"Homepage Usability" is particularly useful because Nielsen and collaborator Marie Tahir use these 50 sites not just as a gimmick but also to help define the "standard" treatments of elements on a Web page. They do so in the belief that rather than learning a new interface on every site, users prefer your site to work the same way as the last dozen they were on.
On top of the 15 pages of statistical analysis, Neilsen and Tahir also offer 25 pages of heuristics - rules - on eveything from displaying logos to communicating site problems. Many of these rules will be familiar to Web design veterans and to readers of Nielsen's last book, "Designing Web Usability".
Once the rules are finished with, Nielsen and Tahir take you into the instructive and oddly entertaining 240-page dissection of those 50 sites. They seek out and pull apart every misplaced button and vague label. The label "MTV news gallery" obscures the richness of the MTV site's feature articles. Drugstore.com probably thought the term "shopping bag" appropriate, but "shopping cart" has become an accepted term. And ExxonMobil might have thought their front page oil rig photo looked arty, but "oil companies would best avoid photos that show large shadows in the water next to their rigs". Heh, heh.
The home pages themselves are displayed at full-page size. Some of the comments verge on pedantry, but there's praise too - the informative headlines on CNN, the well-described sign-in at Amazon. And the sheer weight of commentary eventually starts pushing you to think more rigorously about how users see your own pages.
Many Web designers, especially the less pragmatic and those without formal training, hate Nielsen's approach. They can see it leaching the originality out of Web design. Neilsen makes no apologies for this; he believes the content should outshine the look, and he once wrote an essay entitled "The End Of Web Design".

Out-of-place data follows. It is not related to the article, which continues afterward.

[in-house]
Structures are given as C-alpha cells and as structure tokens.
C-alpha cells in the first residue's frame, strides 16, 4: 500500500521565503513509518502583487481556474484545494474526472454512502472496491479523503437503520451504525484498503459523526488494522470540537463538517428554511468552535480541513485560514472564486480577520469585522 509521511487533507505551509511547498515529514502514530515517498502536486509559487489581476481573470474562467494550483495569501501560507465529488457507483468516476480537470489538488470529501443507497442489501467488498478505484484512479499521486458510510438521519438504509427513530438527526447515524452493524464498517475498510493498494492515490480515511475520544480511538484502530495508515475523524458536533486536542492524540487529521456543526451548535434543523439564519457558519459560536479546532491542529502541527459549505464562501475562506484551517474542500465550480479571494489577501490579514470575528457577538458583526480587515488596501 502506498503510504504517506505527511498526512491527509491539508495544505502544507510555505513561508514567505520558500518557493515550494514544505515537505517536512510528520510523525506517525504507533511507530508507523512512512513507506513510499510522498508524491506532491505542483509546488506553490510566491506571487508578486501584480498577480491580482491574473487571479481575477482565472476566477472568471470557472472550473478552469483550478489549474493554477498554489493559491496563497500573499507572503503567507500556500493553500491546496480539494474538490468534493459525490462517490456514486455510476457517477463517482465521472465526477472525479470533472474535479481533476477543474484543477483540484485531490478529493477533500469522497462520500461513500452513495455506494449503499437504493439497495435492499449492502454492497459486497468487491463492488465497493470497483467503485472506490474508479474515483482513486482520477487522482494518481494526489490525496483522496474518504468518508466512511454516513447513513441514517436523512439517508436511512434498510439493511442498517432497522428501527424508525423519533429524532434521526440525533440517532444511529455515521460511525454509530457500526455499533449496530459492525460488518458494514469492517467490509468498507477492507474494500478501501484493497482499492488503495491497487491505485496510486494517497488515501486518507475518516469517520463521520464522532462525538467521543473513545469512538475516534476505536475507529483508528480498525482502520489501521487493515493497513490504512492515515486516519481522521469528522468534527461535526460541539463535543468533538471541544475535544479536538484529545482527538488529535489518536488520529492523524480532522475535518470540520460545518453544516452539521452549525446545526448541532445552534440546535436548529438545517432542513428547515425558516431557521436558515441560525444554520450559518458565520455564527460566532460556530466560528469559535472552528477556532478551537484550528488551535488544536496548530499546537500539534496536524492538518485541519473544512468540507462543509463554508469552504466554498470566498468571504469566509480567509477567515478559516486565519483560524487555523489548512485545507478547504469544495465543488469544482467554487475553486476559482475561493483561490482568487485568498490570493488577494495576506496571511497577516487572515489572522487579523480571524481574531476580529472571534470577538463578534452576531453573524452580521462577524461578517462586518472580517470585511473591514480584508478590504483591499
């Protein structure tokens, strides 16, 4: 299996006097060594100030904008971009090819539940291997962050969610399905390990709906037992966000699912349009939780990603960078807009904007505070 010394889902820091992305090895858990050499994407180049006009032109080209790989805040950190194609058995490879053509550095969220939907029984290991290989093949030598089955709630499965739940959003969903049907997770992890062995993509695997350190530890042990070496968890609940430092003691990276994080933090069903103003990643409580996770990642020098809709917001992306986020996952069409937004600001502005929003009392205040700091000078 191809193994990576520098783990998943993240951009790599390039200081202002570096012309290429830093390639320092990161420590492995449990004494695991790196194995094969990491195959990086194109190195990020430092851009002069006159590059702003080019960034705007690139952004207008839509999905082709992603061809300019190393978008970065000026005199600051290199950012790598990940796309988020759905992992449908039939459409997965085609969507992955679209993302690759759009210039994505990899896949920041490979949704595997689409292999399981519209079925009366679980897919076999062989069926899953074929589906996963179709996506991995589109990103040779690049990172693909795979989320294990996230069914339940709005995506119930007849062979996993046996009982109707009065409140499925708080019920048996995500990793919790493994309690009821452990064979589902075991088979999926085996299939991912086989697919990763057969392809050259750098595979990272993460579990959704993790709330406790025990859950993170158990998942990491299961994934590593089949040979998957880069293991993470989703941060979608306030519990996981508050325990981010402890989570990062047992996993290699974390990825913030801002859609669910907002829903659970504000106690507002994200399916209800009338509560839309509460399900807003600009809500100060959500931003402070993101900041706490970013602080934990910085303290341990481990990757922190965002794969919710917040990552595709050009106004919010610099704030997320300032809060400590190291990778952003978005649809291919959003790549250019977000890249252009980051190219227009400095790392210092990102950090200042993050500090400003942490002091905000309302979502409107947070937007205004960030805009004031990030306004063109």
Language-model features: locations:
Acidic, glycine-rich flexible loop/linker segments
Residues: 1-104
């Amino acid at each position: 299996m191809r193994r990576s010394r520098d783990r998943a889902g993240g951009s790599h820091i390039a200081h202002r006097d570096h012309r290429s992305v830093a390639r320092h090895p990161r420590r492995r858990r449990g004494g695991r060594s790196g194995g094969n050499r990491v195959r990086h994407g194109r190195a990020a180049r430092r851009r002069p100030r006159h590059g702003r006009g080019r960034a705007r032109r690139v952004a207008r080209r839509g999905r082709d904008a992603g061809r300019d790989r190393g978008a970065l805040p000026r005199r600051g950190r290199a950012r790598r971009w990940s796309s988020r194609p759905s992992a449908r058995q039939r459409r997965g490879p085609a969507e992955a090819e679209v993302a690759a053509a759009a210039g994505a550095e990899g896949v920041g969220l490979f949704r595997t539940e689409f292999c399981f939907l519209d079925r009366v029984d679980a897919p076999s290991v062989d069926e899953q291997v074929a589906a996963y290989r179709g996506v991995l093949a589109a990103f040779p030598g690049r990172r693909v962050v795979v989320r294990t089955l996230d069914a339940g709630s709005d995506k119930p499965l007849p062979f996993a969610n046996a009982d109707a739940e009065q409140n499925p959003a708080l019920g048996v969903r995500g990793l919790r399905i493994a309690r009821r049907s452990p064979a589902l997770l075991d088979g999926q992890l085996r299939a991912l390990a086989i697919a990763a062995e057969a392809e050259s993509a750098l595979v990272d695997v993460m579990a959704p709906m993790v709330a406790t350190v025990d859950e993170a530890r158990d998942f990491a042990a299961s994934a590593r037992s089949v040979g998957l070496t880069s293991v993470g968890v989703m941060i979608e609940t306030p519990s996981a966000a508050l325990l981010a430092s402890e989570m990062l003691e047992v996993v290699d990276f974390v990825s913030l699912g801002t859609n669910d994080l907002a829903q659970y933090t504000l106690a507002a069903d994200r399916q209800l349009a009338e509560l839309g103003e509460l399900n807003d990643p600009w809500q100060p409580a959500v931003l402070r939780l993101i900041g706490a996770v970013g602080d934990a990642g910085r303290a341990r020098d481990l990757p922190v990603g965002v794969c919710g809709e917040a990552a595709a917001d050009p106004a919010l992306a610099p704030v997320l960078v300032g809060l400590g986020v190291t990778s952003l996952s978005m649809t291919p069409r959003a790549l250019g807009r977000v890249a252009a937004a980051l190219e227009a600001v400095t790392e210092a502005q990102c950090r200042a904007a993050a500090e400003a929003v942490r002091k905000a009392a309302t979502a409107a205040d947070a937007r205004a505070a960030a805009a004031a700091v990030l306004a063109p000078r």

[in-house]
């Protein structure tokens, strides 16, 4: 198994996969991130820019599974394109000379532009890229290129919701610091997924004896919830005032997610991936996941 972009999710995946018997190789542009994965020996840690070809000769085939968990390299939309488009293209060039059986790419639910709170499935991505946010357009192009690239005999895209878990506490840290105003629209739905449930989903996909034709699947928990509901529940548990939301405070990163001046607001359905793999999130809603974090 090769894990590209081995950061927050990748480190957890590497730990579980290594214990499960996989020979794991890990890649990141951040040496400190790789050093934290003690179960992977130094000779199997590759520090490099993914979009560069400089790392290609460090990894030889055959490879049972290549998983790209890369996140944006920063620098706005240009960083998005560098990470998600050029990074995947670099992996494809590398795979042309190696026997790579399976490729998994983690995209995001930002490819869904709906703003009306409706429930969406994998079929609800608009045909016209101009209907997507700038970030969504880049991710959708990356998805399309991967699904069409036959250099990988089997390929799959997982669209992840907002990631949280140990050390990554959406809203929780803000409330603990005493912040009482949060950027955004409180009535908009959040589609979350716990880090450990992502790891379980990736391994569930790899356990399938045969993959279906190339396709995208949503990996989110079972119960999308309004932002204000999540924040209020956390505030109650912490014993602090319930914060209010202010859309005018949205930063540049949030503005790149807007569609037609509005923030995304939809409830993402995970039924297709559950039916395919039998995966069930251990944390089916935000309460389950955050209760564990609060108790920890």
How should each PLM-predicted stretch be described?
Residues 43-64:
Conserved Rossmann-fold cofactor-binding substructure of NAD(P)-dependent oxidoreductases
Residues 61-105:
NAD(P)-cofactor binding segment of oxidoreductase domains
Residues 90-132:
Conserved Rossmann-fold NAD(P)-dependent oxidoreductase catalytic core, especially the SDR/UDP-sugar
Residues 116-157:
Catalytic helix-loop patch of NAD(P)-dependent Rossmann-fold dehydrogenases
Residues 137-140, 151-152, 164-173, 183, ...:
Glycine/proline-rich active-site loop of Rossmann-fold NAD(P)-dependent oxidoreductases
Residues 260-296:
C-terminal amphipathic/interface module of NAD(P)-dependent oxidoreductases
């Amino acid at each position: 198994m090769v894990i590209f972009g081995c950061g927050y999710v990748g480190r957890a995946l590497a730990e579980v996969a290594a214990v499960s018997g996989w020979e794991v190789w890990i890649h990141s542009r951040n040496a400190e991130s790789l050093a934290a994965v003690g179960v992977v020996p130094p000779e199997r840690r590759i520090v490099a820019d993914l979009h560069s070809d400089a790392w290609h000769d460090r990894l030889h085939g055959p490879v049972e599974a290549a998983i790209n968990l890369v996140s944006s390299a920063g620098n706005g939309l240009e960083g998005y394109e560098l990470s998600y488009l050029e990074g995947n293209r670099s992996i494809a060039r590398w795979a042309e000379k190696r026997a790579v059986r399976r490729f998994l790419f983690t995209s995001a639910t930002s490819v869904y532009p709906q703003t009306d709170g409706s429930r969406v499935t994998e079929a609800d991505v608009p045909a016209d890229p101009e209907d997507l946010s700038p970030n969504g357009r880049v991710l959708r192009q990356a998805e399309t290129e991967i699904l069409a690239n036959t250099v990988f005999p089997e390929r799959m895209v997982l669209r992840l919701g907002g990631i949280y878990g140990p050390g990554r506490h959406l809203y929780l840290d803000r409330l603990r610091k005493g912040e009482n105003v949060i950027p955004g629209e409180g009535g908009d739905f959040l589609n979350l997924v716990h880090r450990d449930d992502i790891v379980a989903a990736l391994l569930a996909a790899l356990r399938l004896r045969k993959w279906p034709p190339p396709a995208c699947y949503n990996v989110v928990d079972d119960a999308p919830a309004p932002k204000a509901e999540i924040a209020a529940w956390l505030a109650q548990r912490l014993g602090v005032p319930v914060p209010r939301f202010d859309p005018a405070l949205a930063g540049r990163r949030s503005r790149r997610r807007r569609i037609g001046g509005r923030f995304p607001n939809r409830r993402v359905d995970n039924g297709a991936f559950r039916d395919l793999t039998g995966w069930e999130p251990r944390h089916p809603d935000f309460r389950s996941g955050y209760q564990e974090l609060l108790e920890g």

Commercial operators may see a different reason for suspicion. The likes of Amazon and Yahoo have been around long enough, and have experimented enough, to know exactly what produces commercial results for them. Heuristic evaluations never ask what is working in a particular case; they just apply standards. As Graham Hamer notes in his review below: if Amazon wants to label a link "Friends and Favorites", it's probably because the link is known to provoke the desired book-buyer behaviour - regardless of what Jakob Nielsen thinks. Heuristic evaluation has its limits.
Within those limits, heuristics have real power. Usability commentators like Steve Krug, author of the excellent "Don't Make Me Think", argue that the average user is a myth and all Web use is essentially idiosyncratic, so the only way to design is to test. But the truth is that almost every designer uses heuristics at some point, adopting elements because they are familiar and because there isn't the time or the budget to test. They're too useful to resist. So is this book.
on February 5, 2002